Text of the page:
I have created a PCB layout and also built my Xotic AC Booster clone quite a while ago when I suddenly needed it and learned to appreciate its sound and capabilites. I was looking for an OD for bass. I knew the Xotic BB Preamp had a bass version, but I never saw its schematic (btw.: if you happen to have it I’d be infintely grateful if you could share it with me ;) ). So I thought why not trying it with the bass – and so I did. It wasn’t really bad, but wasn’t that great either. It was too saturated, too muddy and too solid. I needed something more airy, transparent and less gainy. And then I remembered the AC Booster. I tried it and it was just the right thing. The only modification I did was to add a larger gain pot to increase a bit the amount of drive. As you might have learned already on this blog I have an absurd love for double pedals: OD combined with a good booster. So on I went for a matching booster circuit. I tried quite a few and finally I settled with the Demeter Fat Control. So the effect chain was Fat Control -> AC Booster. I named the resulting pedal Piece’O’Cake, because dialing in the right sound is now really easy no matter if you use a guitar or a bass. The OD is nicely transparent on its own while the booster pushes the mid and upper mid ranges while it also increases the drive.
Let’s start with the OD side. A fairly standard double opamp circuit with input and output buffers that are discrete transistor stages. The first opamp stage does the eventual distortion of the sound. The second one is a bit more unusual: an active Baxandall tone stack. I love this tone stack, it works in a nice wide and overall useable range. I believe that this tone stack is one of the most important reasons that make this effect to work so well with both guitars and basses. I have replaced the original’s 500kOhm gain pot with a 1MOhm pot. It increases the gain just enough. You can change the amount and quality of the distortion also by using different diode arrangements. In my experience LEDs sound quite nice, one could replace D2 and D3 witha single LED. This would probably lower the overall drive, but I guess it would give you a nice airy, more open sound. But I might be wrong as well, anyhow something that could be experimented with :) It is worth to note that the very same circuit can be modded easily for an RC Booster. Here are the differences:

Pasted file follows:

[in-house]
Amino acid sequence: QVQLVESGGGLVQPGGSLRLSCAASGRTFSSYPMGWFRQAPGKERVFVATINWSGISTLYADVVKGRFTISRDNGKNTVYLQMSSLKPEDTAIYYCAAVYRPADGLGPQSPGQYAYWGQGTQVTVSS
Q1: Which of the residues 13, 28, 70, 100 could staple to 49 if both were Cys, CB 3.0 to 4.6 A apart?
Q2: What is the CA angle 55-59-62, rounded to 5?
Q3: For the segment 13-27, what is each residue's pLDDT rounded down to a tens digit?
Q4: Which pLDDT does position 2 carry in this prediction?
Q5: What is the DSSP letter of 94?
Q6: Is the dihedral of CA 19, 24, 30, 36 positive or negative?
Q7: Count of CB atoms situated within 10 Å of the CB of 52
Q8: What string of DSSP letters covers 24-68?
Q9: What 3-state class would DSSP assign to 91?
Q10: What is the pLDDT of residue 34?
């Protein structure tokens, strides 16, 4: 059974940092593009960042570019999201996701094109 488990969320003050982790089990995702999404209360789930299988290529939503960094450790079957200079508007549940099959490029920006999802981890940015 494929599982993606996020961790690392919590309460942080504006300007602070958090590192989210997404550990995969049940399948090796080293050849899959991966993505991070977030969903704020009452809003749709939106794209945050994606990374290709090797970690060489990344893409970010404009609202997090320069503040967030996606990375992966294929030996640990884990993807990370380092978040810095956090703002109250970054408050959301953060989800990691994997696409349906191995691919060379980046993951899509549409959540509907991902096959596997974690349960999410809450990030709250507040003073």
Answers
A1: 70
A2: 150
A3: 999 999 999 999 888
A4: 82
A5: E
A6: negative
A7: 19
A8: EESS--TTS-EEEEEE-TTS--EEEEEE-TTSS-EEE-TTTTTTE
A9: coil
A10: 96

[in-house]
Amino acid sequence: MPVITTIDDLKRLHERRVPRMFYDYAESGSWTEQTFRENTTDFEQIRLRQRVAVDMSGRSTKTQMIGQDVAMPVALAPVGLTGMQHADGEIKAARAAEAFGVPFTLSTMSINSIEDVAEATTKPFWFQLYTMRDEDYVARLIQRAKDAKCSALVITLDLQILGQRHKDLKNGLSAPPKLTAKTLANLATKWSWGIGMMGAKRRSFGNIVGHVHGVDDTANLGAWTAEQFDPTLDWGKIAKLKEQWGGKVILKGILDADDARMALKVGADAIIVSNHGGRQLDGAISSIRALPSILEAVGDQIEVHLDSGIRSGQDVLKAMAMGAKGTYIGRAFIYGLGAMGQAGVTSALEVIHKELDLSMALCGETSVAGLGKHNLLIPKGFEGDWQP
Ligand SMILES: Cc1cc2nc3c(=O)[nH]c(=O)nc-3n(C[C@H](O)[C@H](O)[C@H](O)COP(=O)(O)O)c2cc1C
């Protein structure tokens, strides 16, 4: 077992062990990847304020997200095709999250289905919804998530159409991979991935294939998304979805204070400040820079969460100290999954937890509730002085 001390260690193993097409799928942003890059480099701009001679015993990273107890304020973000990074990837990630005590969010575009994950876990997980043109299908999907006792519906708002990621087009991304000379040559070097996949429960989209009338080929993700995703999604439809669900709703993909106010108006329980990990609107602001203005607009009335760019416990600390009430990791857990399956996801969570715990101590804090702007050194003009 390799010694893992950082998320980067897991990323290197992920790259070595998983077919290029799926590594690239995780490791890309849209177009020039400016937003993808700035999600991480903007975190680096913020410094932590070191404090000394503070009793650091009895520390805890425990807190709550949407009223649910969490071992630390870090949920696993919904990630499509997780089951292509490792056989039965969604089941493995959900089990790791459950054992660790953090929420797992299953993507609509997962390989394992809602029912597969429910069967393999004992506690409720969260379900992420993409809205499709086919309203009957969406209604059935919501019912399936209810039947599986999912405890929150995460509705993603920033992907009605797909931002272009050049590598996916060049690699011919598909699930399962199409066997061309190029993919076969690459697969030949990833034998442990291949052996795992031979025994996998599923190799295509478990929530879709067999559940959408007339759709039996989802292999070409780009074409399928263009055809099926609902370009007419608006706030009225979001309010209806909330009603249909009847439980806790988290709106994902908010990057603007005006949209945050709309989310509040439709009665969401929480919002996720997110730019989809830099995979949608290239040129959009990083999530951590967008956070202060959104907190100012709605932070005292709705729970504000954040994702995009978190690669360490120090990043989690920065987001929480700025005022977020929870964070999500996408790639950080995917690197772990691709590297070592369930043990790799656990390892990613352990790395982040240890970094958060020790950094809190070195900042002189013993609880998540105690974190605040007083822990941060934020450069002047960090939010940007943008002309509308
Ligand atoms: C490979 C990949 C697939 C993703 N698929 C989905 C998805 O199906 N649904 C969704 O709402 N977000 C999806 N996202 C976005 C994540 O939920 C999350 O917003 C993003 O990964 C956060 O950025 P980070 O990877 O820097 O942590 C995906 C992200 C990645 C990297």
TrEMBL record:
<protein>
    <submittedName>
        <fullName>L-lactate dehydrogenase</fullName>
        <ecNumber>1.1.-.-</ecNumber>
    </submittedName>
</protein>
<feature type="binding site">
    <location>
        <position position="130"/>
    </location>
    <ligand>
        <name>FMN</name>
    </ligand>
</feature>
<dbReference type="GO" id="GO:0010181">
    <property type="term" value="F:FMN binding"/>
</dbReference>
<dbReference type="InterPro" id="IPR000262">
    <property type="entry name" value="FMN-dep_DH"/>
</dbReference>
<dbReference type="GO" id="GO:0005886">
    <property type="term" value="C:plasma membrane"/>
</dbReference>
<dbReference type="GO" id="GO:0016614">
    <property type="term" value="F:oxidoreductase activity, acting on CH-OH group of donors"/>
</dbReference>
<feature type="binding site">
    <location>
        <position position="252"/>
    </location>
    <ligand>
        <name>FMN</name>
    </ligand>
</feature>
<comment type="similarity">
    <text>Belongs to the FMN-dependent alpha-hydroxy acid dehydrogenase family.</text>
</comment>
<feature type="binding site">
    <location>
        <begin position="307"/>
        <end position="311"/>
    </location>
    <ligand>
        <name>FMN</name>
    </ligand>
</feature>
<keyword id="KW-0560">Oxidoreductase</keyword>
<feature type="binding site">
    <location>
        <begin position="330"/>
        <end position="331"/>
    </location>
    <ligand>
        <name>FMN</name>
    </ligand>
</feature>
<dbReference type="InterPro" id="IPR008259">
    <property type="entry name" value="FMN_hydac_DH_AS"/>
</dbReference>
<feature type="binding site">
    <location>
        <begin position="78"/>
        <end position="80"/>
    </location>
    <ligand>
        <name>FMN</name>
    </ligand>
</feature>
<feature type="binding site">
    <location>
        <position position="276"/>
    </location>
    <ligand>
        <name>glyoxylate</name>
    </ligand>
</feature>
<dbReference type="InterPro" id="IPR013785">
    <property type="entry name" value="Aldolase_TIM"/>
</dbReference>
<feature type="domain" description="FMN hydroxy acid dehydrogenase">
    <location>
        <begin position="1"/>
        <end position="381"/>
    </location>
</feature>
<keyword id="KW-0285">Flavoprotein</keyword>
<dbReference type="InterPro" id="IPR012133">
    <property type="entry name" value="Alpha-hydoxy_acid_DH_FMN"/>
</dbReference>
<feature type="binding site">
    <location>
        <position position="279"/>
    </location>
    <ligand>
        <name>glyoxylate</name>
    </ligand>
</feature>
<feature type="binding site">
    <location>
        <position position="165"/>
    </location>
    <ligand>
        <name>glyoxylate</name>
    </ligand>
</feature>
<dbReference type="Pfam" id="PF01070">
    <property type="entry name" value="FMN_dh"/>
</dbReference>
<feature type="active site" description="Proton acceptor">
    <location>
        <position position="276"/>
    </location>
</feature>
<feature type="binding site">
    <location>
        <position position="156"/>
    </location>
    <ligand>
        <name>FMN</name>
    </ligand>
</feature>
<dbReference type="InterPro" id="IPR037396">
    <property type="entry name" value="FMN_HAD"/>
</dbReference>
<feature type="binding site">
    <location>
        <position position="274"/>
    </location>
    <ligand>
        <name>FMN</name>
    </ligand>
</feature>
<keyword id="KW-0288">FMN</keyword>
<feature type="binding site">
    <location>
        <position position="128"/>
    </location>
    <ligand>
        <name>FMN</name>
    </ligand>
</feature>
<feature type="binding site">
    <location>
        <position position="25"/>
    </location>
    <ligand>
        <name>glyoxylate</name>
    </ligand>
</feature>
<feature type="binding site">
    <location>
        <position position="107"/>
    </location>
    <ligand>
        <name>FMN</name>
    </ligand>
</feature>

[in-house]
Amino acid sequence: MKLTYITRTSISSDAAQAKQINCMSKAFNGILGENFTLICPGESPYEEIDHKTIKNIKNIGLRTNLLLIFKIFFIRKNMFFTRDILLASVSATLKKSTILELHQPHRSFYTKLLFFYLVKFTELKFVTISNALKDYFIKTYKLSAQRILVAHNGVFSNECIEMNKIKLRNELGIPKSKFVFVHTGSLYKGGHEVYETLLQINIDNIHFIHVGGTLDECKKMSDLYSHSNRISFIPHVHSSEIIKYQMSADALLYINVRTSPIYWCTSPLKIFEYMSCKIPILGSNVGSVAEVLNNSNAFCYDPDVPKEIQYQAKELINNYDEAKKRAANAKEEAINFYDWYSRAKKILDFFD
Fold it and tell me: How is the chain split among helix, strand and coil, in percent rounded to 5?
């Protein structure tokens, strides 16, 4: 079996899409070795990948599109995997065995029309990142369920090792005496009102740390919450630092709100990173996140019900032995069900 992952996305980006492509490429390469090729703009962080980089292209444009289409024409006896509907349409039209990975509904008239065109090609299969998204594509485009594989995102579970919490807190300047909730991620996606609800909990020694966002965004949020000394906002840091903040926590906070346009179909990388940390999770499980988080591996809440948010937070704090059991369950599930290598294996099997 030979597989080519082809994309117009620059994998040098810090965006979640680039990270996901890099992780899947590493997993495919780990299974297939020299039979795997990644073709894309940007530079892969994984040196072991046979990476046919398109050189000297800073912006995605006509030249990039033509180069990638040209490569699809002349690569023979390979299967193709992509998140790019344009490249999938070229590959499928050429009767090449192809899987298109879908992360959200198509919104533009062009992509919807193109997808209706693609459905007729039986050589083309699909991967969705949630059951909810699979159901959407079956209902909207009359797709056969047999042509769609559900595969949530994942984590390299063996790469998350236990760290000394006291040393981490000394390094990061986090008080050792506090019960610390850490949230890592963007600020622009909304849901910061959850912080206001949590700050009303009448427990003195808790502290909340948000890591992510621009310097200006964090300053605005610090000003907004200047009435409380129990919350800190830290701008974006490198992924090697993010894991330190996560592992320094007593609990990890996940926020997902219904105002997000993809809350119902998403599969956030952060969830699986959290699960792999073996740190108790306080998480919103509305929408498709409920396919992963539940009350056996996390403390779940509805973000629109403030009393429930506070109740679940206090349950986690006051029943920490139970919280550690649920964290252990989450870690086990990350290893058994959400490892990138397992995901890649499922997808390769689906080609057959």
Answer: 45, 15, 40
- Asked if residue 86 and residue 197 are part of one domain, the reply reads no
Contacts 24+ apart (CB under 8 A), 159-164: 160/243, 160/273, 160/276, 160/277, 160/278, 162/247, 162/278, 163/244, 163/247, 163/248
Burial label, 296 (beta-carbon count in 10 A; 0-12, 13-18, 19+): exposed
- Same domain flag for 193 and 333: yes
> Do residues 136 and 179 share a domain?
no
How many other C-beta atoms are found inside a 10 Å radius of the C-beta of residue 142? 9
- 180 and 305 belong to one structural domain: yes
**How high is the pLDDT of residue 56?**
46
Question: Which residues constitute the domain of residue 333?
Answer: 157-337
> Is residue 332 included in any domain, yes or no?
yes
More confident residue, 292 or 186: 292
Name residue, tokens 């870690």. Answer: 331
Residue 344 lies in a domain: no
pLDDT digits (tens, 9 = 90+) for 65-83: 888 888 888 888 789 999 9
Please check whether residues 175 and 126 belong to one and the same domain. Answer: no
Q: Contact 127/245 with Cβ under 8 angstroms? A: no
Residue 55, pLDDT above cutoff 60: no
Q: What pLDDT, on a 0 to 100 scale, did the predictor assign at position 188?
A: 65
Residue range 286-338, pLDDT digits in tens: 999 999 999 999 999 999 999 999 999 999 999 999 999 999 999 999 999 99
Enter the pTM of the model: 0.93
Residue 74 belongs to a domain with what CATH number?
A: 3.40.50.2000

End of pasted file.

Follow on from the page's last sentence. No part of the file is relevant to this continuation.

C3 = 47nF
C4 = 1uF non-polarized
C6 = omit
R8 = 22k
R10 = jumper
Gain = 250k
Clipping-Diodes = this is a bit more tricky. The RC Booster has three 1N4148s in both directions (so 6 in total). With some knack and creativity one might be able to put those in the pads existing on the AC Booster layout. Or you can try to substitute them simply with two LEDs. That should give a similar sound with a smaller footprint.
The boost side is a bit more simple, though not really simple in terms of boosters (think of the LPB1 or the SHO…) Again a dual opamp circuit, where the first half forms a buffer, while the second one does the boosting. At the end there is a mixer pot that mixes the only buffered signal with tthe buffered and boosted signal. Even if you turn the Fat pot to the buffer side you get a different sound as the buffer does not have a flat frequency response. The original calls for an LF442 that is hard to source where I live, so I built mine with LM358 with great success. I encourage you to experiment with different opamp types.